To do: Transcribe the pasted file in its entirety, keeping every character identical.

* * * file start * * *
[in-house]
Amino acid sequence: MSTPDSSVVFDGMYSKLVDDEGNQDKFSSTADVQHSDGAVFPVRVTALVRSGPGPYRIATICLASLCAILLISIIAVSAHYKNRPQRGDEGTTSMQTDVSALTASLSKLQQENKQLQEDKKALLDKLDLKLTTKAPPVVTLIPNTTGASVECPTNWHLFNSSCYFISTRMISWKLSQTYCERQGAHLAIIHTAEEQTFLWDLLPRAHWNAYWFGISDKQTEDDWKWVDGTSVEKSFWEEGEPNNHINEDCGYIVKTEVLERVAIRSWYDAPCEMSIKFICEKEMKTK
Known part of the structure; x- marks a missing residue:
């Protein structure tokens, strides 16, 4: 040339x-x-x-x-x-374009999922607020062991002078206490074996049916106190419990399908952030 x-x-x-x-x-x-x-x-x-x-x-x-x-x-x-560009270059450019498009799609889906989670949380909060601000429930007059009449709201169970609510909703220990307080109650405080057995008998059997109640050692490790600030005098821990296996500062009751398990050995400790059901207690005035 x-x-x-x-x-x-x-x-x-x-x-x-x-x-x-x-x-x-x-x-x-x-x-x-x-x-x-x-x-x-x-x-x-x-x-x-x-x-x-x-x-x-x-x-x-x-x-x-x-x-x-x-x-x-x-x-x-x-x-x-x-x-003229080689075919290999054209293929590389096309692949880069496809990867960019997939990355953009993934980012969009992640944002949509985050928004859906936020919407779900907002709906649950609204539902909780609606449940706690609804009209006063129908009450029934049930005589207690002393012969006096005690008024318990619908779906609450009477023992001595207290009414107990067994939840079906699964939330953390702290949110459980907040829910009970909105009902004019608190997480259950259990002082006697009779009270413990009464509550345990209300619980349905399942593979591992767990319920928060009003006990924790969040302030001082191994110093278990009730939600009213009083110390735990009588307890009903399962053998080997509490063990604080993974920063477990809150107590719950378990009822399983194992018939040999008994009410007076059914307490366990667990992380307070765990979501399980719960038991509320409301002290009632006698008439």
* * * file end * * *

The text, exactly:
[in-house]
Amino acid sequence: MSTPDSSVVFDGMYSKLVDDEGNQDKFSSTADVQHSDGAVFPVRVTALVRSGPGPYRIATICLASLCAILLISIIAVSAHYKNRPQRGDEGTTSMQTDVSALTASLSKLQQENKQLQEDKKALLDKLDLKLTTKAPPVVTLIPNTTGASVECPTNWHLFNSSCYFISTRMISWKLSQTYCERQGAHLAIIHTAEEQTFLWDLLPRAHWNAYWFGISDKQTEDDWKWVDGTSVEKSFWEEGEPNNHINEDCGYIVKTEVLERVAIRSWYDAPCEMSIKFICEKEMKTK
Known part of the structure; x- marks a missing residue:
């Protein structure tokens, strides 16, 4: 040339x-x-x-x-x-374009999922607020062991002078206490074996049916106190419990399908952030 x-x-x-x-x-x-x-x-x-x-x-x-x-x-x-560009270059450019498009799609889906989670949380909060601000429930007059009449709201169970609510909703220990307080109650405080057995008998059997109640050692490790600030005098821990296996500062009751398990050995400790059901207690005035 x-x-x-x-x-x-x-x-x-x-x-x-x-x-x-x-x-x-x-x-x-x-x-x-x-x-x-x-x-x-x-x-x-x-x-x-x-x-x-x-x-x-x-x-x-x-x-x-x-x-x-x-x-x-x-x-x-x-x-x-x-x-003229080689075919290999054209293929590389096309692949880069496809990867960019997939990355953009993934980012969009992640944002949509985050928004859906936020919407779900907002709906649950609204539902909780609606449940706690609804009209006063129908009450029934049930005589207690002393012969006096005690008024318990619908779906609450009477023992001595207290009414107990067994939840079906699964939330953390702290949110459980907040829910009970909105009902004019608190997480259950259990002082006697009779009270413990009464509550345990209300619980349905399942593979591992767990319920928060009003006990924790969040302030001082191994110093278990009730939600009213009083110390735990009588307890009903399962053998080997509490063990604080993974920063477990809150107590719950378990009822399983194992018939040999008994009410007076059914307490366990667990992380307070765990979501399980719960038991509320409301002290009632006698008439």